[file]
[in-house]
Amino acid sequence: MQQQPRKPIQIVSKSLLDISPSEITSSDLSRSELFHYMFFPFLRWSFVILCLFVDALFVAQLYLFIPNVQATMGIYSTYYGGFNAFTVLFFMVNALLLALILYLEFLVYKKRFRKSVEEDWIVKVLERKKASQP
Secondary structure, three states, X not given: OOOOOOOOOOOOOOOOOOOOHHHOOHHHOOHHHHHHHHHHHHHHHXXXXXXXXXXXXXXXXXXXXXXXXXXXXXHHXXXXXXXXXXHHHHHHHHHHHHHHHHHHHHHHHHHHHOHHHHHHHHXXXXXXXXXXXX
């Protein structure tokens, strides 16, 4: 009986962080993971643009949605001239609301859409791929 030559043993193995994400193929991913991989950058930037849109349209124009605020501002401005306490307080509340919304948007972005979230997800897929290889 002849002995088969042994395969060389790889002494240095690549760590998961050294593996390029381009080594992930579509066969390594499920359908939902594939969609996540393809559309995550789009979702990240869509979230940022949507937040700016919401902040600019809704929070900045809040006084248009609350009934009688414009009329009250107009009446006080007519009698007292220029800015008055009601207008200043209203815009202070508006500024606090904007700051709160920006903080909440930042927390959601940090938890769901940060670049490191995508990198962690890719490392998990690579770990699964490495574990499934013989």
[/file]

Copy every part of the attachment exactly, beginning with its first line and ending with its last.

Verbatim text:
[in-house]
Amino acid sequence: MQQQPRKPIQIVSKSLLDISPSEITSSDLSRSELFHYMFFPFLRWSFVILCLFVDALFVAQLYLFIPNVQATMGIYSTYYGGFNAFTVLFFMVNALLLALILYLEFLVYKKRFRKSVEEDWIVKVLERKKASQP
Secondary structure, three states, X not given: OOOOOOOOOOOOOOOOOOOOHHHOOHHHOOHHHHHHHHHHHHHHHXXXXXXXXXXXXXXXXXXXXXXXXXXXXXHHXXXXXXXXXXHHHHHHHHHHHHHHHHHHHHHHHHHHHOHHHHHHHHXXXXXXXXXXXX
């Protein structure tokens, strides 16, 4: 009986962080993971643009949605001239609301859409791929 030559043993193995994400193929991913991989950058930037849109349209124009605020501002401005306490307080509340919304948007972005979230997800897929290889 002849002995088969042994395969060389790889002494240095690549760590998961050294593996390029381009080594992930579509066969390594499920359908939902594939969609996540393809559309995550789009979702990240869509979230940022949507937040700016919401902040600019809704929070900045809040006084248009609350009934009688414009009329009250107009009446006080007519009698007292220029800015008055009601207008200043209203815009202070508006500024606090904007700051709160920006903080909440930042927390959601940090938890769901940060670049490191995508990198962690890719490392998990690579770990699964490495574990499934013989």